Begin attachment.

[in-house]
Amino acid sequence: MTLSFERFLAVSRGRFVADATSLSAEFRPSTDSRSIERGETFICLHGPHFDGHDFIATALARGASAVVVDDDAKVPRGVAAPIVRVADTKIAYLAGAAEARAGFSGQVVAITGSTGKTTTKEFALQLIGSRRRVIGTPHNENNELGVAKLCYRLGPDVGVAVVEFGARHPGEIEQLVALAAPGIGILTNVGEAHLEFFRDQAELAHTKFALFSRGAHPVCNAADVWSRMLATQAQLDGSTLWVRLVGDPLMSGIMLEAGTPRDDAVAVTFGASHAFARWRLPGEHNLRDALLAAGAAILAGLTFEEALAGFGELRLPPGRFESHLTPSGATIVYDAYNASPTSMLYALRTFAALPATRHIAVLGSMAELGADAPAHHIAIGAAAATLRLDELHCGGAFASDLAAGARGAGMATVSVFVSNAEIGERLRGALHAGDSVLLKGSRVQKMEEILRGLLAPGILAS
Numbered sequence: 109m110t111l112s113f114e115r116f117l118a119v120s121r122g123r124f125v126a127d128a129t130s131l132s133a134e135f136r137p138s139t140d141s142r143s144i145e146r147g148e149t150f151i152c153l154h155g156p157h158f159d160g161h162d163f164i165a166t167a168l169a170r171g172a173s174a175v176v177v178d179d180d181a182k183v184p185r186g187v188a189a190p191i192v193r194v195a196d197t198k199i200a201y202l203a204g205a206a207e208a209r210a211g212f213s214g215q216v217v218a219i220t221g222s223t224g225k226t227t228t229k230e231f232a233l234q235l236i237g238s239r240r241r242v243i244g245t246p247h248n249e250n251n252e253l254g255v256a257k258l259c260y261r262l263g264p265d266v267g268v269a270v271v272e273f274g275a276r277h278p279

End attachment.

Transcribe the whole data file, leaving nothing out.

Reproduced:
[in-house]
Amino acid sequence: MTLSFERFLAVSRGRFVADATSLSAEFRPSTDSRSIERGETFICLHGPHFDGHDFIATALARGASAVVVDDDAKVPRGVAAPIVRVADTKIAYLAGAAEARAGFSGQVVAITGSTGKTTTKEFALQLIGSRRRVIGTPHNENNELGVAKLCYRLGPDVGVAVVEFGARHPGEIEQLVALAAPGIGILTNVGEAHLEFFRDQAELAHTKFALFSRGAHPVCNAADVWSRMLATQAQLDGSTLWVRLVGDPLMSGIMLEAGTPRDDAVAVTFGASHAFARWRLPGEHNLRDALLAAGAAILAGLTFEEALAGFGELRLPPGRFESHLTPSGATIVYDAYNASPTSMLYALRTFAALPATRHIAVLGSMAELGADAPAHHIAIGAAAATLRLDELHCGGAFASDLAAGARGAGMATVSVFVSNAEIGERLRGALHAGDSVLLKGSRVQKMEEILRGLLAPGILAS
Numbered sequence: 109m110t111l112s113f114e115r116f117l118a119v120s121r122g123r124f125v126a127d128a129t130s131l132s133a134e135f136r137p138s139t140d141s142r143s144i145e146r147g148e149t150f151i152c153l154h155g156p157h158f159d160g161h162d163f164i165a166t167a168l169a170r171g172a173s174a175v176v177v178d179d180d181a182k183v184p185r186g187v188a189a190p191i192v193r194v195a196d197t198k199i200a201y202l203a204g205a206a207e208a209r210a211g212f213s214g215q216v217v218a219i220t221g222s223t224g225k226t227t228t229k230e231f232a233l234q235l236i237g238s239r240r241r242v243i244g245t246p247h248n249e250n251n252e253l254g255v256a257k258l259c260y261r262l263g264p265d266v267g268v269a270v271v272e273f274g275a276r277h278p279